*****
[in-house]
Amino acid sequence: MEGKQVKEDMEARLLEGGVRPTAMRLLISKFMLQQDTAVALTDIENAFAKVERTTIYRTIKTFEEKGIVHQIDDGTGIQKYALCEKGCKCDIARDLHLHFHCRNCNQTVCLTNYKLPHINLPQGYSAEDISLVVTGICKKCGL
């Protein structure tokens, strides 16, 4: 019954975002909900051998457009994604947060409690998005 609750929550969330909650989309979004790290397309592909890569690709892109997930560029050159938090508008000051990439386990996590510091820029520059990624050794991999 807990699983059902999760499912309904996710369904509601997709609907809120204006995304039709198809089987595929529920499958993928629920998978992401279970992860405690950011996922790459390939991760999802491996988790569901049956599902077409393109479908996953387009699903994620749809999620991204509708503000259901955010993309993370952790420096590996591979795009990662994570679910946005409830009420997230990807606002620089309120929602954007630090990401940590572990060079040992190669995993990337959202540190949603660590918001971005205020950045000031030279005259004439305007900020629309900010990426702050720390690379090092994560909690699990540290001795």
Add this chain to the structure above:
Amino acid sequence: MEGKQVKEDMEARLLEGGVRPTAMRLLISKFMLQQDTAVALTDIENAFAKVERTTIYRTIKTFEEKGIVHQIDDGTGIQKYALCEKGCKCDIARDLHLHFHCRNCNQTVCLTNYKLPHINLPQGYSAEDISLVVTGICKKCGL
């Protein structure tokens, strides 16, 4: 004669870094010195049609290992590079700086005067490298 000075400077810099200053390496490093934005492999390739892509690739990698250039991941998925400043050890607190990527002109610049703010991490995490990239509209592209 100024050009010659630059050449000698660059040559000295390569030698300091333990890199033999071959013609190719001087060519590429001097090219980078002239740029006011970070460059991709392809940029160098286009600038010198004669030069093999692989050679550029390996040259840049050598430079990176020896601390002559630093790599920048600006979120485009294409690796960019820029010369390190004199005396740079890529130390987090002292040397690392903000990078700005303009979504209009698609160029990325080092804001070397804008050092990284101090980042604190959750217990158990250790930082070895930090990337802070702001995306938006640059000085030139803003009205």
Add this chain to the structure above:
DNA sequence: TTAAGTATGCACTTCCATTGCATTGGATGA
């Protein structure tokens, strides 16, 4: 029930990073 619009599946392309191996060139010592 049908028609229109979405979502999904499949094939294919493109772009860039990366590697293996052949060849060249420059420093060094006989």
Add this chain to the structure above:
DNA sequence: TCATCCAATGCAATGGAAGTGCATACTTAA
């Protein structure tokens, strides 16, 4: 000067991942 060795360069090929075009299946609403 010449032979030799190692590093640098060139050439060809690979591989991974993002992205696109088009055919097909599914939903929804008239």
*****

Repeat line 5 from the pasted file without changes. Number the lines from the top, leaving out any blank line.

Amino acid sequence: MEGKQVKEDMEARLLEGGVRPTAMRLLISKFMLQQDTAVALTDIENAFAKVERTTIYRTIKTFEEKGIVHQIDDGTGIQKYALCEKGCKCDIARDLHLHFHCRNCNQTVCLTNYKLPHINLPQGYSAEDISLVVTGICKKCGL